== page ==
I’m the kind of writer who requires absolute silence while I work. No movie soundtrack, no music, no TV, no talking.
Change ‘watching’ to ‘writing’ and that’s me. The tears are very real.
I inevitably end up paying attention to whatever else to going on, and I have an unfortunate habit of acting out character dialogue. Ya know, to make sure it’s realistic. I’m not weird or anything.
Only when I’m in a far more disruptive environment—like on the train with a screaming baby on my left and some guy yelling on his cell on my right—can I write with music.
I have specific playlists for different scenes. Like say, if I’m writing a fight scene, I listen to Kesha’s Warrior from Warrior.
Cut the bullshit out with a dagger,
With a dagger, with a dagger.
Do or die we all gonna stay young,
Shoot the lights out like a machine gun.
Think it’s time for a revolution,
Putting aside Kesha’s ongoing legal war with her producer Dr. Luke (which is an all too realistic glimpse into the dark side of the music industry), this is a powerhouse of a song. It’s empowering and unapologetic, and gets me geared up for the ass-kicking my characters are about to dispense.
Romantic and breakup scenes are easy. Taylor Swift’s catalog is full of poignant, incredibly well-written songs about love, loss, and desire.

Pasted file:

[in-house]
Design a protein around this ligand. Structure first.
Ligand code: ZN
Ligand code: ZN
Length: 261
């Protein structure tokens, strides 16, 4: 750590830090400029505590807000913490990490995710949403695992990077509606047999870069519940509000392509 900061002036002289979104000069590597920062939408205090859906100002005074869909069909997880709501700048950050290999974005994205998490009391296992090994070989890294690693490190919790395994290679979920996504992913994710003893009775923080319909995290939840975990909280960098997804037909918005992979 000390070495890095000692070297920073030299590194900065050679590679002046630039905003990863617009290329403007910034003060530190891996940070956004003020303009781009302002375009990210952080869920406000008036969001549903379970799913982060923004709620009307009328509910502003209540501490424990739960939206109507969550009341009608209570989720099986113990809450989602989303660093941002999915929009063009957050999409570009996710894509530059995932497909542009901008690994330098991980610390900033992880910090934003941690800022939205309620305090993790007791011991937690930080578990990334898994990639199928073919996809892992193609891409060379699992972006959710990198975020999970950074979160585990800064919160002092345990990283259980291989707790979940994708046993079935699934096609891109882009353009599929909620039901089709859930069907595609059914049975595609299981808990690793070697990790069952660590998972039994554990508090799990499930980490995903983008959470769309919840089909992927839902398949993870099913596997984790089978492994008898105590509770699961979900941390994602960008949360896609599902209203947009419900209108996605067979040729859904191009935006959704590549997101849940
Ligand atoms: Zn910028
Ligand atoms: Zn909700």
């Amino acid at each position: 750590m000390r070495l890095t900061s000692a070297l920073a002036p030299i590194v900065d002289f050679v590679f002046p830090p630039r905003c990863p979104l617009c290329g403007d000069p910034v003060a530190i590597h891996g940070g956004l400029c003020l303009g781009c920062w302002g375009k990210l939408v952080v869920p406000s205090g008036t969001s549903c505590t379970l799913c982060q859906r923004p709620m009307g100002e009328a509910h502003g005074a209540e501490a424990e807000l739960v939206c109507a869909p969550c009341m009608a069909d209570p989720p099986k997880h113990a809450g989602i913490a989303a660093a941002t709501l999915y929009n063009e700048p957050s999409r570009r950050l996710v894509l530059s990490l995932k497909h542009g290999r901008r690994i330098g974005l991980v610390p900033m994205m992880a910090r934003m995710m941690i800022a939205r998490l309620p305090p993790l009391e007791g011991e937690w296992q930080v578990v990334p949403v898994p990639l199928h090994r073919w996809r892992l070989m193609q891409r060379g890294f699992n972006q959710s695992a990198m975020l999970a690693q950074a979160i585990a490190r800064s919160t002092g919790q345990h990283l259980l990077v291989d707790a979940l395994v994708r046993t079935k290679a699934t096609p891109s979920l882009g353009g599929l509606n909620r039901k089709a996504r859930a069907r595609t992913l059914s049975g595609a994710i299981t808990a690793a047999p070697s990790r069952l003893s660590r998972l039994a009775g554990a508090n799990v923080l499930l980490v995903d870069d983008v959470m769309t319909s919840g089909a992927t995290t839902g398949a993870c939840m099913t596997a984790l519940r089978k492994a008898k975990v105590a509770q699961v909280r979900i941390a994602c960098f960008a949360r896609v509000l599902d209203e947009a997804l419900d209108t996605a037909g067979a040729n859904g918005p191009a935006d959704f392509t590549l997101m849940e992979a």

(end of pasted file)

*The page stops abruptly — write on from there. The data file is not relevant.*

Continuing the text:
She can swing from happy—
Across the room your silhouette
Starts to make its way to me
The playful conversation starts
Counter all your quick remarks
Like passing notes in secrecy
—Enchanted, Speak Now
Time won’t fly, it’s like I’m paralyzed by it
I’d like to be my old self again, but I’m still trying to find it
After plaid shirt days and nights when you made me your own
Now you mail back my things and I walk home alone
—All Too Well, Red
—To angry in the space of a 2006 track list. (In case you didn’t catch on, I’m a huge Taylor Swift fan.)
For tense scenes, an oldie but goodie is Another One Bites The Dust by Glee. I know, I know, it’s originally by Queen, but I adore Johnathan Groff and he’s cute as fuck, so let me have this.
There’s a throbbing urgency to the beat, making it perfect for interrogation scenes or the calm before a storm.
Descriptive scenes are a necessary evil. I absolutely loathe them because I either go too far, pile on adjective after adjective, or too little, like “The dog is blue,” or something. I’m improving, slowly, with the help of Julie Kagawa (which I talked about in a previous post) but it’s not something I relish.
I don’t have a particular playlist for descriptive sections since it depends strongly on mood. What are my characters feeling? Are they running for their lives? Are they particularly fascinated by an item that calls to their hobby or past? Is the atmosphere gothic or chill?
Usually I just stick with the playlist I have playing because of aforementioned mood reason.
That’s about all the scenarios I can think of for now! What about you? Do you listen to music when you write and what kind?